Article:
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Amid COVID-19, city borders complicate some responses

Newton City HallJim Davis/Globe Staff

Looking at Newton from above you’d be hard-pressed to find where the city ends and another municipality begins. The centuries-old border cuts through roads, developments, and houses and has consequences for the containment of a virus that doesn’t care about municipal boundaries.

Without the state creating regional guidance, Newton and its neighboring cities and towns have been left to interpret coronavirus regulations on their own, said Newton City Councilor Alicia Bowman. This has led to inconsistencies between communities with school reopenings, outdoor seating at restaurants, and other concerns amid the pandemic.

“I do think that some sort of overall more regional discussion around these items is probably helpful,” Bowman said.


The borders that define municipal jurisdiction in Massachusetts were drawn when the only modes of transportation were on foot or horseback and most people stayed near home, said Garrett Nelson, the director of geographic scholarship at the Norman B. Leventhal Map and Education Center at the Boston Public Library and author of a recent article arguing for a shift away from municipality-led virus prevention policies. But now it’s unlikely “the geographic area somebody uses on a daily basis is all within a single town.”

“In the 17th Century, these towns made a lot of sense because they were a pretty self-functioning, self-sustaining unit,” Nelson said.

Coronavirus enforcement on a municipal level can understate or overstate the level of risk in any given community, Nelson said. Newton is currently in the medium-risk category while next-door Waltham is high-risk, according to the Jan. 14 Weekly COVID-19 Public Health Report from the Massachusetts Department of Public Health.

In reality, crossing the border between these two cities in the middle of a residential community would not immediately change your risk for contracting COVID-19, Nelson said.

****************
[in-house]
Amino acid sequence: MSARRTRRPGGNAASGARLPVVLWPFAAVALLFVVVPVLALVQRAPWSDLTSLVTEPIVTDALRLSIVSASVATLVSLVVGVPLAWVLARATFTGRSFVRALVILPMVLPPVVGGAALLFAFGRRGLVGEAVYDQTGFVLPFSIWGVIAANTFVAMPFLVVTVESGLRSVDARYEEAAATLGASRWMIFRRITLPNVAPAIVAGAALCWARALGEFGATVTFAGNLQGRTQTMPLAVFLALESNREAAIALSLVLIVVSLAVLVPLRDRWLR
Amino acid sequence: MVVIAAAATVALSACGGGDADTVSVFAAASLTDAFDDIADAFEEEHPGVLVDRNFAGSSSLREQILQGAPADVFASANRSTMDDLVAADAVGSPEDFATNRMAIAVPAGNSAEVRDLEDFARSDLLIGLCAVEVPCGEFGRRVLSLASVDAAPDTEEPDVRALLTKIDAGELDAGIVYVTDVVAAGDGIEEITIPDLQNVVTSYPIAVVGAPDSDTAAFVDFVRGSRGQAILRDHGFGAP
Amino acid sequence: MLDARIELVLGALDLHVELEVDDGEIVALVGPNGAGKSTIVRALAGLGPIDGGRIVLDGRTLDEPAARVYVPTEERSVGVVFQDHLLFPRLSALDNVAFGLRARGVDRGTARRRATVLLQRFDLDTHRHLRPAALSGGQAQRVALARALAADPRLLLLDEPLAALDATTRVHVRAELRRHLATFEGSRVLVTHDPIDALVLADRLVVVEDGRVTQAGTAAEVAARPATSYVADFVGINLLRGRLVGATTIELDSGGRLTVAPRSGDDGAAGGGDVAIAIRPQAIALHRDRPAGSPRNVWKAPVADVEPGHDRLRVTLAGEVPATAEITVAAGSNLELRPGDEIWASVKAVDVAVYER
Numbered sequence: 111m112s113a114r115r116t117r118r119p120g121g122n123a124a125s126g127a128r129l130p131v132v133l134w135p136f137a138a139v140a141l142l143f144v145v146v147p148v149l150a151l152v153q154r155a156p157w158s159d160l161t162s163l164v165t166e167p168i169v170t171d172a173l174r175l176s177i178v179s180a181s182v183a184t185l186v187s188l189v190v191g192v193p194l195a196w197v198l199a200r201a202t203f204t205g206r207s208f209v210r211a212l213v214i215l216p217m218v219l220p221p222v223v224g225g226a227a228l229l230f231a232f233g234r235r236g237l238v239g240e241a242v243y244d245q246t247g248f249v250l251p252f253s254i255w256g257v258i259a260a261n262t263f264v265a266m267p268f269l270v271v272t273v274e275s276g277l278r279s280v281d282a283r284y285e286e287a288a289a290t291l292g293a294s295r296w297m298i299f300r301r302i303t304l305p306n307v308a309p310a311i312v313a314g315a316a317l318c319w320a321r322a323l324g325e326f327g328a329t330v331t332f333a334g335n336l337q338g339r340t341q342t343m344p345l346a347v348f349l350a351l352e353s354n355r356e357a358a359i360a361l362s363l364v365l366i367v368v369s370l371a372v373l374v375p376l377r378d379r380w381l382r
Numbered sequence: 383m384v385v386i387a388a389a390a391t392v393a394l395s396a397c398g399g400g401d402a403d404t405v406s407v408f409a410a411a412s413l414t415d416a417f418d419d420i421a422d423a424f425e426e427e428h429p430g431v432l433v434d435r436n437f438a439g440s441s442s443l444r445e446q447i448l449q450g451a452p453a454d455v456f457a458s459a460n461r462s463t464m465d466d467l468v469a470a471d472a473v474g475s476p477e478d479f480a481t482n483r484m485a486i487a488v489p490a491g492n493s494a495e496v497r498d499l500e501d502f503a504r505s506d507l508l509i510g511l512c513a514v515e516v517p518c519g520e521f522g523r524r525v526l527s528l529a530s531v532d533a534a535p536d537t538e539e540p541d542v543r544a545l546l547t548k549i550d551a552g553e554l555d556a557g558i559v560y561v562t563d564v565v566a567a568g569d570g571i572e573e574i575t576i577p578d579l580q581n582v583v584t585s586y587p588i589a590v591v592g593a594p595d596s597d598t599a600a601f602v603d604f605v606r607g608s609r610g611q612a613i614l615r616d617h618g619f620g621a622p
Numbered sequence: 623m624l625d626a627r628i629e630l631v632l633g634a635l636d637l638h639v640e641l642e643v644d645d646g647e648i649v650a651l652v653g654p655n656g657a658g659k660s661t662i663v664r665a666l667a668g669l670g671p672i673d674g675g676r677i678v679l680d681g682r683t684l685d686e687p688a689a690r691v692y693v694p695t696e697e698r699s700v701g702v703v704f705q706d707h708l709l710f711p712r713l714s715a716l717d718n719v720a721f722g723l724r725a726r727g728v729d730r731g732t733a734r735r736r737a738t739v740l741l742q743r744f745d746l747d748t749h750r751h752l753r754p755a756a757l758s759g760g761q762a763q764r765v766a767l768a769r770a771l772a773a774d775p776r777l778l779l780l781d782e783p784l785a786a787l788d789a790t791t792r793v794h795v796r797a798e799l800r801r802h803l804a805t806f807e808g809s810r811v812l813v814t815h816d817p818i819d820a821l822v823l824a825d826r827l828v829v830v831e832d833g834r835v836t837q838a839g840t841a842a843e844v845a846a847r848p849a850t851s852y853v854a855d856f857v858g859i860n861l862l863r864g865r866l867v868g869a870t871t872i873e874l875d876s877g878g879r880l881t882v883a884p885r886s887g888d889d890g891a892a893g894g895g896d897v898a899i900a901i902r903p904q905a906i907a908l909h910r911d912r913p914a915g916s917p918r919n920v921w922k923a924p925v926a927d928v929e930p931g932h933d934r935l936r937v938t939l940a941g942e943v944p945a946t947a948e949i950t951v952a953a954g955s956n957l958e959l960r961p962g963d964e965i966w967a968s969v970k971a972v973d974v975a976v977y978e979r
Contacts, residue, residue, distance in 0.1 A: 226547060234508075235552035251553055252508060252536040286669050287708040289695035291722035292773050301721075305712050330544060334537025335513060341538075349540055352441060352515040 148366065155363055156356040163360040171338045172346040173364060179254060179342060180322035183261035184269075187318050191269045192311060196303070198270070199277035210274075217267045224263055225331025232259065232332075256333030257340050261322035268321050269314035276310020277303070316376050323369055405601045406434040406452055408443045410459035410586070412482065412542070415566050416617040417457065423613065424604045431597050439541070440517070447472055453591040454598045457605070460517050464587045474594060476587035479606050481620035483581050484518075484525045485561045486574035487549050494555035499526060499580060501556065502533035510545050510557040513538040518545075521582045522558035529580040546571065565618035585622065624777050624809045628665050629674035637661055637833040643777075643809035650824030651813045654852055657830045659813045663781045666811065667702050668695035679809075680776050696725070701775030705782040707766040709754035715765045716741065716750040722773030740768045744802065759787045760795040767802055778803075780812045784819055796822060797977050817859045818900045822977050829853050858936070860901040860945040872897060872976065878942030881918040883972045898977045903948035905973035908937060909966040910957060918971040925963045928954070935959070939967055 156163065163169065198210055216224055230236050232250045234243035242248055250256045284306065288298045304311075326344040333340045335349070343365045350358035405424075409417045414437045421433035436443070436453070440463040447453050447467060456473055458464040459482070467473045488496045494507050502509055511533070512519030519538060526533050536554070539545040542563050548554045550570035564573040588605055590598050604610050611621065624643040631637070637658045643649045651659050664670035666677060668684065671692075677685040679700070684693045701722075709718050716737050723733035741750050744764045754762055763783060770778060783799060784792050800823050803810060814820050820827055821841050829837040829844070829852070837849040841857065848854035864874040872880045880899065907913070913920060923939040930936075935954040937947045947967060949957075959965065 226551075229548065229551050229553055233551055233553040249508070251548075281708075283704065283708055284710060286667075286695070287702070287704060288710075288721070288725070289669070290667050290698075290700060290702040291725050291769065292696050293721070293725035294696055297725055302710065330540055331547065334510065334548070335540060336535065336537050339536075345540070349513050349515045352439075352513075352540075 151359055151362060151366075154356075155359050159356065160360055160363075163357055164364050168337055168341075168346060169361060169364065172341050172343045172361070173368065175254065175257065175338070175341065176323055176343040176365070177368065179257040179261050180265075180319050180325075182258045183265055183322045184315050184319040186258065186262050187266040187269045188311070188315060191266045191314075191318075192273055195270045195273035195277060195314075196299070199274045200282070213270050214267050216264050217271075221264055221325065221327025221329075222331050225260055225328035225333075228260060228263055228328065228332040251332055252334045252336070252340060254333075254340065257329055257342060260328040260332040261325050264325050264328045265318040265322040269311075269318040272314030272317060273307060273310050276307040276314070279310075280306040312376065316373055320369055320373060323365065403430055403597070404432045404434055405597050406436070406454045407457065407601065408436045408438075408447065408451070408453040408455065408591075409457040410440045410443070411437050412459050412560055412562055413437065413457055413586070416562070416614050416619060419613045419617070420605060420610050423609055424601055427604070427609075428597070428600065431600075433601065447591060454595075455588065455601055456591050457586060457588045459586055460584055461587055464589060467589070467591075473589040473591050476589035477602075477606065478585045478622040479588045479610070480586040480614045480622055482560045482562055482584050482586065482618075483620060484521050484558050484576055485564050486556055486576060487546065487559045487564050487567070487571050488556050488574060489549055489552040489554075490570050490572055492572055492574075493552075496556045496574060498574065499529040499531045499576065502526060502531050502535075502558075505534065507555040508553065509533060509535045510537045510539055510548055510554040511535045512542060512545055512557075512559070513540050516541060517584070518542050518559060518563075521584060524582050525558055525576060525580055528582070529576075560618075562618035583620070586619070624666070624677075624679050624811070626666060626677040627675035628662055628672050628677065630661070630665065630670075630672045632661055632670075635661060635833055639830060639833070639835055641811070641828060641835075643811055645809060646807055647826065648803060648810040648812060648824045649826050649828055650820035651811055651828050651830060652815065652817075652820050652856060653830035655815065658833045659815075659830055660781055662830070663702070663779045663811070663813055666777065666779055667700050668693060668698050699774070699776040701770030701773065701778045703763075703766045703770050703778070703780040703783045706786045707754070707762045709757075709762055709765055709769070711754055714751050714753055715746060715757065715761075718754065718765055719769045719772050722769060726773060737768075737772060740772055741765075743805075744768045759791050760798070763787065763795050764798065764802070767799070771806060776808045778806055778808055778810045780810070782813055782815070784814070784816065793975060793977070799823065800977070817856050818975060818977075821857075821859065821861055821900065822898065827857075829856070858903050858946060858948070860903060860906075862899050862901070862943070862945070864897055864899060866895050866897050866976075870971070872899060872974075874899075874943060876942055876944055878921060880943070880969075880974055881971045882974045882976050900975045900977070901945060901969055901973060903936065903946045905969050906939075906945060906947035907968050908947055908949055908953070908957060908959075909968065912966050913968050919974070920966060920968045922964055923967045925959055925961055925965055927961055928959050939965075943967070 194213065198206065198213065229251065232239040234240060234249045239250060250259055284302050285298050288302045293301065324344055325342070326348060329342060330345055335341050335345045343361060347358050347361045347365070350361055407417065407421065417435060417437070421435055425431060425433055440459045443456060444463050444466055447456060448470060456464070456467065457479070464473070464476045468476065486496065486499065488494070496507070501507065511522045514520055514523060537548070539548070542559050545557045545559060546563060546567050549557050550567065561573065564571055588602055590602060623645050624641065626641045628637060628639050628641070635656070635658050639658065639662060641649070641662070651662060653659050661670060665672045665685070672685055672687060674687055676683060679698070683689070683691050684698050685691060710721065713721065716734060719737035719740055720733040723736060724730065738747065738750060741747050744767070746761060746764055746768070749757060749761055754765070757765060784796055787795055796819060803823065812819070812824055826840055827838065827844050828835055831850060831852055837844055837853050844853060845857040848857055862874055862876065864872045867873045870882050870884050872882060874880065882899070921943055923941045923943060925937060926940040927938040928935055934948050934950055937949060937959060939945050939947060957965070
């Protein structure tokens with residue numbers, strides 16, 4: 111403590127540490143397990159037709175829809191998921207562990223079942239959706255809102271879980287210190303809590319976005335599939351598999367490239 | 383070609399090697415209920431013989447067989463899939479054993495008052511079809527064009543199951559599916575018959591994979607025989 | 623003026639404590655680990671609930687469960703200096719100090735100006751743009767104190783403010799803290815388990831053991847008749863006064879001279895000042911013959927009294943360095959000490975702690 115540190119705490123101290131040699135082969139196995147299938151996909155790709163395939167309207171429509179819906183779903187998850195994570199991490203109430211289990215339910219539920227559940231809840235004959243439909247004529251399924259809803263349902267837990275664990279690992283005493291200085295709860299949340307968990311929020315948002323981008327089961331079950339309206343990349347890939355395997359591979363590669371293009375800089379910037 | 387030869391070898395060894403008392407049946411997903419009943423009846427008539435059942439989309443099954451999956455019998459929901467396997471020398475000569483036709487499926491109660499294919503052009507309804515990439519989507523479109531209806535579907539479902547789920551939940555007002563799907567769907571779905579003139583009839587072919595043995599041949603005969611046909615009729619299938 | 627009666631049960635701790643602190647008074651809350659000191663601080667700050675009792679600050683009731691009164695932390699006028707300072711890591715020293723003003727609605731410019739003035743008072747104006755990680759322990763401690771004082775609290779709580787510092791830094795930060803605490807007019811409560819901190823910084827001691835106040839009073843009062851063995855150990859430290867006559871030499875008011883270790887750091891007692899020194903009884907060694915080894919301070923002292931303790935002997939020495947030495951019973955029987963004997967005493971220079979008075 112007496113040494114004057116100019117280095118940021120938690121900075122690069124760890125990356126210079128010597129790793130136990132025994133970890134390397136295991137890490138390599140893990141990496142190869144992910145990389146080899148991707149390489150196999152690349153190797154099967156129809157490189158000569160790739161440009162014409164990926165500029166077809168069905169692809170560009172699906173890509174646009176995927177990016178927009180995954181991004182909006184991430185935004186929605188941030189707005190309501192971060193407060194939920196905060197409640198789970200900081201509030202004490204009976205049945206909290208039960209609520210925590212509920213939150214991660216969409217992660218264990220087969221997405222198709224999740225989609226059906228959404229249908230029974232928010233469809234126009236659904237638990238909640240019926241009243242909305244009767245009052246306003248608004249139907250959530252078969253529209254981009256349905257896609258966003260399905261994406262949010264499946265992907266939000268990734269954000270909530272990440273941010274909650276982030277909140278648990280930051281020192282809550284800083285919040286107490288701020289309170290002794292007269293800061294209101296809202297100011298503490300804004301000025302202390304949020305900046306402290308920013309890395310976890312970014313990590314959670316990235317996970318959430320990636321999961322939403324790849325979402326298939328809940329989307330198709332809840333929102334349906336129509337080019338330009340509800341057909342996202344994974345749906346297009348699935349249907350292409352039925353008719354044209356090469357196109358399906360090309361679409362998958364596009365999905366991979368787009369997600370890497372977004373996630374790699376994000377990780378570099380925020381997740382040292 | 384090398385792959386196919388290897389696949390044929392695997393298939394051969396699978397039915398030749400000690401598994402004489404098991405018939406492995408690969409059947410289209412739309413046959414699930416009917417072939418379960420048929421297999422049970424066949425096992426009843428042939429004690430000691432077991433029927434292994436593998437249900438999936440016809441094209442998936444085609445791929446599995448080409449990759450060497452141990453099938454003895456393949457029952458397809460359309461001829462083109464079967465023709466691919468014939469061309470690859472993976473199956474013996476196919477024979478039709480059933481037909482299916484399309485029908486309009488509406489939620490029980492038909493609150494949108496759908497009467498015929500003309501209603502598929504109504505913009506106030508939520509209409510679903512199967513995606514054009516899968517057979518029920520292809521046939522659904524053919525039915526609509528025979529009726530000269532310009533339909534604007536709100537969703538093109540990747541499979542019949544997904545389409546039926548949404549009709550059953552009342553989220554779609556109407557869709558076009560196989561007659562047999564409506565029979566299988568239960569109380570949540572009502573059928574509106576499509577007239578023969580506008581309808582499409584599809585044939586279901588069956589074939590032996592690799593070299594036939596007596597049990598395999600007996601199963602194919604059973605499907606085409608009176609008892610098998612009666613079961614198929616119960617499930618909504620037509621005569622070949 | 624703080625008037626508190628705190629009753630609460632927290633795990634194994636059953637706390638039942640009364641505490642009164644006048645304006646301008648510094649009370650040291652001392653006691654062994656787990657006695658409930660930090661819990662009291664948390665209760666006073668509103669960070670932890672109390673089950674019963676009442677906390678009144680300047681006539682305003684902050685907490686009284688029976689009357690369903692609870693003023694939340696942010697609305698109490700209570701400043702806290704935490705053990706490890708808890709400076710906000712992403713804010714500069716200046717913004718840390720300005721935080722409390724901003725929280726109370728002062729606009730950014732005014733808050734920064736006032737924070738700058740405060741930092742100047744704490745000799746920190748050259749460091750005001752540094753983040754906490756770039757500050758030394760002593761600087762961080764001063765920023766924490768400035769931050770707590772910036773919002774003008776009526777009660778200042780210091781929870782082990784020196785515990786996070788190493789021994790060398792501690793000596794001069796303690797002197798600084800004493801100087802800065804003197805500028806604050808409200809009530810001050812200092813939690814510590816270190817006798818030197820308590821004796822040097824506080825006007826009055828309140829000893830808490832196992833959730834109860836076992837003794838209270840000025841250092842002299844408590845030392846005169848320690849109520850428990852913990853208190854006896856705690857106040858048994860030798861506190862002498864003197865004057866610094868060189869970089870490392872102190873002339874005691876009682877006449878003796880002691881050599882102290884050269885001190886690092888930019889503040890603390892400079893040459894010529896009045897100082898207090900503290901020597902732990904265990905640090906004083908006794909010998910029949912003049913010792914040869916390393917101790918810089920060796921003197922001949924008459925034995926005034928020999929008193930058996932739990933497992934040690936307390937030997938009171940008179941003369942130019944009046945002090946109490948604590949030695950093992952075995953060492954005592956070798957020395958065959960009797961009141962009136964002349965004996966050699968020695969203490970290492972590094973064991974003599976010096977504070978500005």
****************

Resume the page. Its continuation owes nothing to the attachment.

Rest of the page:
Newton resident Annette Kaplan’s house sits right on the border between the city of Newton and the city of Boston. She said she considers herself a Newtonian because that’s where her kids attended public schools.


“When we moved into this house I didn’t have any children who were in public school yet, but it was important to me to know which schools they’d be eligible for,” Kaplan said. “At the time it was, technically, whichever side of the town line the [child’s] bedroom resides in.”

The split property means Kaplan has two addresses for her one home — one in Newton, and one in Brighton — which she said has been difficult amid the pandemic when she is getting more packages and groceries delivered than ever before.

“If it’s not my regular driver, then I often don’t end up getting my package,” Kaplan said. She said the GPS routing will sometimes send her packages to a gas station in Wellesley with the same street address.

Municipal boundaries also can worsen inequalities that COVID-19 exposes by limiting the resources available to low-income communities, Nelson said. A wealthy city like Newton has demand for service workers who may not be able to afford to live in the city, but when a service worker contracts the virus on the job in Newton, they often seek testing and medical treatment in the city where they live.

“We are functionally integrated in terms of people’s movement, but politically, and in terms of resources, each town is still kind of on their own,” Nelson said. “A rich town that mostly has people with the luxury of working at home might be relying on the service labor of people living in a poor town, but that poor town has to bear the burden of taking care of the people who live within its borders.”